The National Physical Laboratory (NPL) is the national measurement standards laboratory for the United Kingdom, based at Bushy Park in Teddington, London, England. It is the largest applied physics organisation in the UK.
NPL is known for its UK leadership in measurement and materials science. Since 1900, when Bushy House was selected as the site of NPL, it has developed and maintained the primary national measurement standards. Today it provides the scientific resources for the National Measurement System financed by the Department for Business, Innovation and Skills.
NPL also offers commercial services, applying scientific skills to industrial measurement problems, and manages the MSF time signal. The NPL cooperates with professional networks such as those of the IET to support scientists and engineers involved in those areas in which NPL has expertise.
Teddington was also home to the UK National Chemical Laboratory but this was closed in 1965 and some of its work was transferred to NPL.
The laboratory was initially run by the UK government, with members of staff being part of the civil service. Administration of the NPL was contracted out in 1995 under a GOCO model, with Serco winning the bid and all staff transferred to their employ. Under this regime, overhead costs halved, third party revenues grew by 16% per annum, and the number of peer-reviewed research papers published doubled. It was decided in 2012 to change the operating model for NPL from 2014 onward to include academic partners and to establish a postgraduate teaching institute on site. The date of the changeover was later postponed for up to a year. The candidates for lead academic partner were the Universities of Edinburgh, Southampton, Strathclyde and Surrey with an alliance of the Universities of Strathclyde and Surrey chosen as preferred partners. The laboratory transferred back to Department for Business, Innovation and Skills ownership on 1 January 2015.
NPL was initially sited entirely within Bushy House but grew to fill a large selection of buildings on the Teddington site. Many of these buildings were demolished and the work moved to a large state-of-the-art laboratory for NPL that was built between 1998 and 2007. The construction and operation of this new building were initially being run under a PFI scheme, before transferring back to the DTI in 2004 after the private sector companies involved made losses of over £100m.
Louis Essen (right)
Researchers who have worked at NPL include: D. W. Dye who did important work in developing the technology of quartz clocks. The inventor Sir Barnes Wallis did early development work there on the "Bouncing Bomb" used in the "Dam Busters" wartime raids. H.J. Gough, one of the pioneers of research into metal fatigue, worked at NPL for 19 years from 1914 to 1938. Sydney Goldstein and Sir James Lighthill worked in NPL's aerodynamics division during World War II researching boundary layer theory and supersonic aerodynamics respectively. Dr Clifford Hodge also worked there and was engaged in research on semiconductors. Others who have spent time at NPL include Robert Watson-Watt, generally considered the inventor of radar, Oswald Kubaschewski, the father of computational materials thermodynamics and the numerical analyst James Wilkinson.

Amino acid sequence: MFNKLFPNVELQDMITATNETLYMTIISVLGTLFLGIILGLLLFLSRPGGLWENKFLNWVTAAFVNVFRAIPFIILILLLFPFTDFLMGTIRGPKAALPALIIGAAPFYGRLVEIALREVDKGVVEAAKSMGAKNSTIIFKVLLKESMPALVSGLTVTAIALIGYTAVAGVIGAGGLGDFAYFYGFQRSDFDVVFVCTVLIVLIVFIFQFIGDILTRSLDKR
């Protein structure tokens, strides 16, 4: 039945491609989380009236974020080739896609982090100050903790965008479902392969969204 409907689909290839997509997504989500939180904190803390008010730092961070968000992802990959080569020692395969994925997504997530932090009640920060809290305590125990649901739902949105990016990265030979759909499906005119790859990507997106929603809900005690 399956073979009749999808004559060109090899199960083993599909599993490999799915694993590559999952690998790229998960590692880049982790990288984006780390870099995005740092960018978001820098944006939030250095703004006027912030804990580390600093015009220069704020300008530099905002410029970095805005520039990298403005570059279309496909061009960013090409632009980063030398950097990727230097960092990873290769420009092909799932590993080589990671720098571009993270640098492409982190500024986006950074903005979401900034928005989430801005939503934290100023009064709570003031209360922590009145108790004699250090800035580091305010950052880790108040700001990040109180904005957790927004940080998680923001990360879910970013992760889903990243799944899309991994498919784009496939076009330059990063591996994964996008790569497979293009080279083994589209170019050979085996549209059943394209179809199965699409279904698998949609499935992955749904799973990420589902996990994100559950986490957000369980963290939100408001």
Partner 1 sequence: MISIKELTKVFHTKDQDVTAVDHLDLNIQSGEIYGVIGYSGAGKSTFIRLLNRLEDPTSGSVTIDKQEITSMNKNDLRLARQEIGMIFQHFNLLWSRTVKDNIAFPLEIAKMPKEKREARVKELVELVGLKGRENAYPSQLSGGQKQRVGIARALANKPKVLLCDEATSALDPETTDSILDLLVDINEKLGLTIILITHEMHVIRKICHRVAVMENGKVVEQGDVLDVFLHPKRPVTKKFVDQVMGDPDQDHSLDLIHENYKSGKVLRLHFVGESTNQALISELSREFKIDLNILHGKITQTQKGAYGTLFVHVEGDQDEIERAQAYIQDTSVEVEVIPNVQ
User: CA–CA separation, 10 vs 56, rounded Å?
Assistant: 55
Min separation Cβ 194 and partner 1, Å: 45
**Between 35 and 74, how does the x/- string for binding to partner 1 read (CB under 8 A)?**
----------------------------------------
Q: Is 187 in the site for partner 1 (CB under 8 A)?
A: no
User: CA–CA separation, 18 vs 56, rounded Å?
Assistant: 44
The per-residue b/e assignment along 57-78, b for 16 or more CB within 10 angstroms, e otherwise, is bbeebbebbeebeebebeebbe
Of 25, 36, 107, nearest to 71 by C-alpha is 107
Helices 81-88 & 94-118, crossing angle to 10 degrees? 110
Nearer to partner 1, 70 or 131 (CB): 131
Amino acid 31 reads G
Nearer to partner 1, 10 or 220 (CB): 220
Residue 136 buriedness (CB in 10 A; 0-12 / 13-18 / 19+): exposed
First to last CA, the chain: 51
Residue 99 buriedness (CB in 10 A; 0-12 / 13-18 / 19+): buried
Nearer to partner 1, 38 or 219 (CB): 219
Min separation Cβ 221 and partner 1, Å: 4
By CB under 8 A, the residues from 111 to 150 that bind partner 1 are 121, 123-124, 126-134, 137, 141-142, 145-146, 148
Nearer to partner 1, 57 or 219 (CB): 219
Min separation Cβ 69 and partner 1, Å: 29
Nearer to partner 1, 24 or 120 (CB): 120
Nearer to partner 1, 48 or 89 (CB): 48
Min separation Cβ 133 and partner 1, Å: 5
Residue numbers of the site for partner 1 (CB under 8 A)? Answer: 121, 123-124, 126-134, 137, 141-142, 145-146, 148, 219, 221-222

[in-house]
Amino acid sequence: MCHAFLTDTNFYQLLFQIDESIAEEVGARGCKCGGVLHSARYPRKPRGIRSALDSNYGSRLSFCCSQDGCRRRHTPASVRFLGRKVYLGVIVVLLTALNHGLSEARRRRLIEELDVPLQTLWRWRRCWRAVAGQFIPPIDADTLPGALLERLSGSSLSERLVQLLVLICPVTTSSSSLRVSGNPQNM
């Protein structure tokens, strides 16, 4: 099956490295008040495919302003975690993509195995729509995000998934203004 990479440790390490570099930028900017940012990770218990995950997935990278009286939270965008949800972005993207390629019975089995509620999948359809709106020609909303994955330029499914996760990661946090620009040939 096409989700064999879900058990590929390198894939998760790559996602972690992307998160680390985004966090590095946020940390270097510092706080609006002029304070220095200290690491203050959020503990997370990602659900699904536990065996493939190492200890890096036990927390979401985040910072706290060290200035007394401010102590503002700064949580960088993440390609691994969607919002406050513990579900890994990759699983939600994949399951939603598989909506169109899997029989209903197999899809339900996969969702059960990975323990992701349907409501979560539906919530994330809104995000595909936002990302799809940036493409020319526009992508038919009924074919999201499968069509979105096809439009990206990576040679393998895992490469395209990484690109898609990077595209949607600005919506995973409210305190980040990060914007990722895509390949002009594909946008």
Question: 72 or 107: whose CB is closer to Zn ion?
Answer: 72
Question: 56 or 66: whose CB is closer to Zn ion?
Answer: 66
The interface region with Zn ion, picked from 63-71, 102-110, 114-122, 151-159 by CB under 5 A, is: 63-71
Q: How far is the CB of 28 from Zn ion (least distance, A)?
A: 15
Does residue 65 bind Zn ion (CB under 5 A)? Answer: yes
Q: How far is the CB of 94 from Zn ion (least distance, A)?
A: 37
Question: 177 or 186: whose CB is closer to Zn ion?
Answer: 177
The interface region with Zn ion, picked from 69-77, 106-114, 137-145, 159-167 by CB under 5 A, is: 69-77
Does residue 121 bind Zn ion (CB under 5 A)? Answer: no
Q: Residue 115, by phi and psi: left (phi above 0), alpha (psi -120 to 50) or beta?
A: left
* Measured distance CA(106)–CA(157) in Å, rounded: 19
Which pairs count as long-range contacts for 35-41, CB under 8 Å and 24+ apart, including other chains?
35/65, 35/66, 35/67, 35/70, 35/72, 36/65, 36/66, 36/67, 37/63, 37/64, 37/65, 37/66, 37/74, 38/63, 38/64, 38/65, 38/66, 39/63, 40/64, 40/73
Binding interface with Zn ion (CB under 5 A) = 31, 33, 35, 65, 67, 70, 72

NPL research has contributed to physical science, materials science, computing, and bioscience. Applications have been found in ship design, aircraft development, radar, computer networking and global positioning.
The first accurate atomic clock, a caesium standard based on a certain transition of the caesium-133 atom, was built by Louis Essen and Jack Parry in 1955 at NPL. Calibration of the caesium standard atomic clock was carried out by the use of the astronomical time scale ephemeris time (ET). This led to the internationally agreed definition of the latest SI second being based on atomic time.
NPL has undertaken computer research since the mid-1940s. From 1945, Alan Turing led the design of the Automatic Computing Engine (ACE) computer. The ACE project was overambitious and floundered, leading to Turing's departure. Donald Davies took the project over and concentrated on delivering the less ambitious Pilot ACE computer, which first worked in May 1950. Among those who worked on the project was American computer pioneer Harry Huskey. A commercial spin-off, DEUCE was manufactured by English Electric Computers and became one of the best-selling machines of the 1950s.
Beginning in the mid-1960s, Donald Davies and his team at the NPL pioneered packet switching, now the dominant basis for data communications in computer networks worldwide. Davies designed and proposed a national data network based on packet switching in his 1965 Proposal for the Development of a National Communications Service for On-line Data Processing. Subsequently, the NPL team (Davies, Derek Barber, Roger Scantlebury, Peter Wilkinson, Keith Bartlett, and Brian Aldous) developed the concept into a local area network which operated from 1969 to 1986, and carried out work to analyse and simulate the performance of packet switching networks. Their research and practice influenced the ARPANET in the United States, the forerunner of the Internet, and other researchers in the UK and Europe.
Directors of NPL include a number of notable individuals.
Chief Executive Officers
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